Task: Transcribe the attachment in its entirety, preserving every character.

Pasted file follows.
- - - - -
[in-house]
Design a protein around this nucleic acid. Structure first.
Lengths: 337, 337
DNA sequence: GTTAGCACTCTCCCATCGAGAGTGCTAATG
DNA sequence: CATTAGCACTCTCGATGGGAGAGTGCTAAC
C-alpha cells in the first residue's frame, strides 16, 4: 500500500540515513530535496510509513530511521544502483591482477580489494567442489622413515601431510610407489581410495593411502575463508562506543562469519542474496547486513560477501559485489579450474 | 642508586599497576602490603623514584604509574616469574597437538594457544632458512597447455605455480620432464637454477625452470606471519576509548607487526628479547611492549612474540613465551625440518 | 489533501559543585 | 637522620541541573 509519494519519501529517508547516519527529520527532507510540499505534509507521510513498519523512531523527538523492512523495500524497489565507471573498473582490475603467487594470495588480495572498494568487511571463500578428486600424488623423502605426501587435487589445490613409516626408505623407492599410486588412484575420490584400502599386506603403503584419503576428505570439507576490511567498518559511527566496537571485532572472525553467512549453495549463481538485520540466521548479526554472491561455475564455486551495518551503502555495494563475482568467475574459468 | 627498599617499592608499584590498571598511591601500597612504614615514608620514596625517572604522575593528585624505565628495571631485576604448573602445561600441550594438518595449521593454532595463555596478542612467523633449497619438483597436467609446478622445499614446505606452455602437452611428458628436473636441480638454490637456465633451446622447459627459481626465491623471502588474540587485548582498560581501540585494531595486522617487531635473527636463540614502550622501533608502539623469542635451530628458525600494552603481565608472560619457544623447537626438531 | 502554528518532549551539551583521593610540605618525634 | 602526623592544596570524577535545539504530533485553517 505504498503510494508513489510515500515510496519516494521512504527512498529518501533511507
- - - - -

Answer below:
[in-house]
Design a protein around this nucleic acid. Structure first.
Lengths: 337, 337
DNA sequence: GTTAGCACTCTCCCATCGAGAGTGCTAATG
DNA sequence: CATTAGCACTCTCGATGGGAGAGTGCTAAC
C-alpha cells in the first residue's frame, strides 16, 4: 500500500540515513530535496510509513530511521544502483591482477580489494567442489622413515601431510610407489581410495593411502575463508562506543562469519542474496547486513560477501559485489579450474 | 642508586599497576602490603623514584604509574616469574597437538594457544632458512597447455605455480620432464637454477625452470606471519576509548607487526628479547611492549612474540613465551625440518 | 489533501559543585 | 637522620541541573 509519494519519501529517508547516519527529520527532507510540499505534509507521510513498519523512531523527538523492512523495500524497489565507471573498473582490475603467487594470495588480495572498494568487511571463500578428486600424488623423502605426501587435487589445490613409516626408505623407492599410486588412484575420490584400502599386506603403503584419503576428505570439507576490511567498518559511527566496537571485532572472525553467512549453495549463481538485520540466521548479526554472491561455475564455486551495518551503502555495494563475482568467475574459468 | 627498599617499592608499584590498571598511591601500597612504614615514608620514596625517572604522575593528585624505565628495571631485576604448573602445561600441550594438518595449521593454532595463555596478542612467523633449497619438483597436467609446478622445499614446505606452455602437452611428458628436473636441480638454490637456465633451446622447459627459481626465491623471502588474540587485548582498560581501540585494531595486522617487531635473527636463540614502550622501533608502539623469542635451530628458525600494552603481565608472560619457544623447537626438531 | 502554528518532549551539551583521593610540605618525634 | 602526623592544596570524577535545539504530533485553517 505504498503510494508513489510515500515510496519516494521512504527512498529518501533511507